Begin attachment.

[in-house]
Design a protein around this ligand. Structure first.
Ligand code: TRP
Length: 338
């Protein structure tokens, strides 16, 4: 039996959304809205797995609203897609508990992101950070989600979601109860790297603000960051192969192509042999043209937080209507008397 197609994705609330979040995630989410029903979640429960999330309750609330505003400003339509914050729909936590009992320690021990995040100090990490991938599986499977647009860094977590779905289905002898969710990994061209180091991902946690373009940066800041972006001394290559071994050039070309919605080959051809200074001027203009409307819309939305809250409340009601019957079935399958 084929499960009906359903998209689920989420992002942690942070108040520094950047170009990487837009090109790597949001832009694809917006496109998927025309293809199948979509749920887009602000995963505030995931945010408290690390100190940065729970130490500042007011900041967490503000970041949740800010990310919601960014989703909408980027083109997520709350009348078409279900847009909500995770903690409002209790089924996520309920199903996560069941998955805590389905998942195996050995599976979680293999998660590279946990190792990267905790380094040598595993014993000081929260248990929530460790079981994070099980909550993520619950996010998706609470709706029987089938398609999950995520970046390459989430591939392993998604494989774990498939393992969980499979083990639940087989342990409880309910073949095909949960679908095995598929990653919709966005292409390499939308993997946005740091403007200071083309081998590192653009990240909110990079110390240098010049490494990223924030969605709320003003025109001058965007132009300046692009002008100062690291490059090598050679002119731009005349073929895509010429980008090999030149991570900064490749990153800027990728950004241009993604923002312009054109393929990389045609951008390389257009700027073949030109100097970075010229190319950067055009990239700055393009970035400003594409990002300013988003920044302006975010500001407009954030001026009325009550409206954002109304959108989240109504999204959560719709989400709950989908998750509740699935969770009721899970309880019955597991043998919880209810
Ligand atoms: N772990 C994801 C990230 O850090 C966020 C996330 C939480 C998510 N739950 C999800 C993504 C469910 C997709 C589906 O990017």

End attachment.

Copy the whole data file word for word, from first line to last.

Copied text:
[in-house]
Design a protein around this ligand. Structure first.
Ligand code: TRP
Length: 338
């Protein structure tokens, strides 16, 4: 039996959304809205797995609203897609508990992101950070989600979601109860790297603000960051192969192509042999043209937080209507008397 197609994705609330979040995630989410029903979640429960999330309750609330505003400003339509914050729909936590009992320690021990995040100090990490991938599986499977647009860094977590779905289905002898969710990994061209180091991902946690373009940066800041972006001394290559071994050039070309919605080959051809200074001027203009409307819309939305809250409340009601019957079935399958 084929499960009906359903998209689920989420992002942690942070108040520094950047170009990487837009090109790597949001832009694809917006496109998927025309293809199948979509749920887009602000995963505030995931945010408290690390100190940065729970130490500042007011900041967490503000970041949740800010990310919601960014989703909408980027083109997520709350009348078409279900847009909500995770903690409002209790089924996520309920199903996560069941998955805590389905998942195996050995599976979680293999998660590279946990190792990267905790380094040598595993014993000081929260248990929530460790079981994070099980909550993520619950996010998706609470709706029987089938398609999950995520970046390459989430591939392993998604494989774990498939393992969980499979083990639940087989342990409880309910073949095909949960679908095995598929990653919709966005292409390499939308993997946005740091403007200071083309081998590192653009990240909110990079110390240098010049490494990223924030969605709320003003025109001058965007132009300046692009002008100062690291490059090598050679002119731009005349073929895509010429980008090999030149991570900064490749990153800027990728950004241009993604923002312009054109393929990389045609951008390389257009700027073949030109100097970075010229190319950067055009990239700055393009970035400003594409990002300013988003920044302006975010500001407009954030001026009325009550409206954002109304959108989240109504999204959560719709989400709950989908998750509740699935969770009721899970309880019955597991043998919880209810
Ligand atoms: N772990 C994801 C990230 O850090 C966020 C996330 C939480 C998510 N739950 C999800 C993504 C469910 C997709 C589906 O990017």